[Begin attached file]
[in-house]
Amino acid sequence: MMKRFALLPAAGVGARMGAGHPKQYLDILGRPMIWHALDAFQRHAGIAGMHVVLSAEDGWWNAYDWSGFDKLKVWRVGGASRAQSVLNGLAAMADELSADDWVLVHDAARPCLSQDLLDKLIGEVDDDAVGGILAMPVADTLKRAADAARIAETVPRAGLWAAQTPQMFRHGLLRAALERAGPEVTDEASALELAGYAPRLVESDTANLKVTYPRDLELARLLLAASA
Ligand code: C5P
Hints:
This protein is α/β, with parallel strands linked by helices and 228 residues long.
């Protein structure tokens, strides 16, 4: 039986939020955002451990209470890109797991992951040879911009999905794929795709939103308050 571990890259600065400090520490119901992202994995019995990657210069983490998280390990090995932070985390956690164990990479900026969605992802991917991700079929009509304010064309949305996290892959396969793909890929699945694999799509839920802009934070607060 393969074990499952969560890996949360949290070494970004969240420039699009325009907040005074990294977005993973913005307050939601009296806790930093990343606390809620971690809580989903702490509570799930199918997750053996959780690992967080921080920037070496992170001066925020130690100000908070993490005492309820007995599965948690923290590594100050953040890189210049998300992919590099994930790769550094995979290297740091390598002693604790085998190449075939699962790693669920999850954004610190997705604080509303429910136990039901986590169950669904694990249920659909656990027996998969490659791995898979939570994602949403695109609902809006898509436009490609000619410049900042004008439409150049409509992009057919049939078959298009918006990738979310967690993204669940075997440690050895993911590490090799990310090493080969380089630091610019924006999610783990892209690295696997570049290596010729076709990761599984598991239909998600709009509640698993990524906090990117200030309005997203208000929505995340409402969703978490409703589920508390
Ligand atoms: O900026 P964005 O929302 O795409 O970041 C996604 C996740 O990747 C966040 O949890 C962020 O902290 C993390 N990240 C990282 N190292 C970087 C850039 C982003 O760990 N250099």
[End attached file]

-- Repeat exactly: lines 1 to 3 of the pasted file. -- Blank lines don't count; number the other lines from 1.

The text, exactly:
[in-house]
Amino acid sequence: MMKRFALLPAAGVGARMGAGHPKQYLDILGRPMIWHALDAFQRHAGIAGMHVVLSAEDGWWNAYDWSGFDKLKVWRVGGASRAQSVLNGLAAMADELSADDWVLVHDAARPCLSQDLLDKLIGEVDDDAVGGILAMPVADTLKRAADAARIAETVPRAGLWAAQTPQMFRHGLLRAALERAGPEVTDEASALELAGYAPRLVESDTANLKVTYPRDLELARLLLAASA
Ligand code: C5P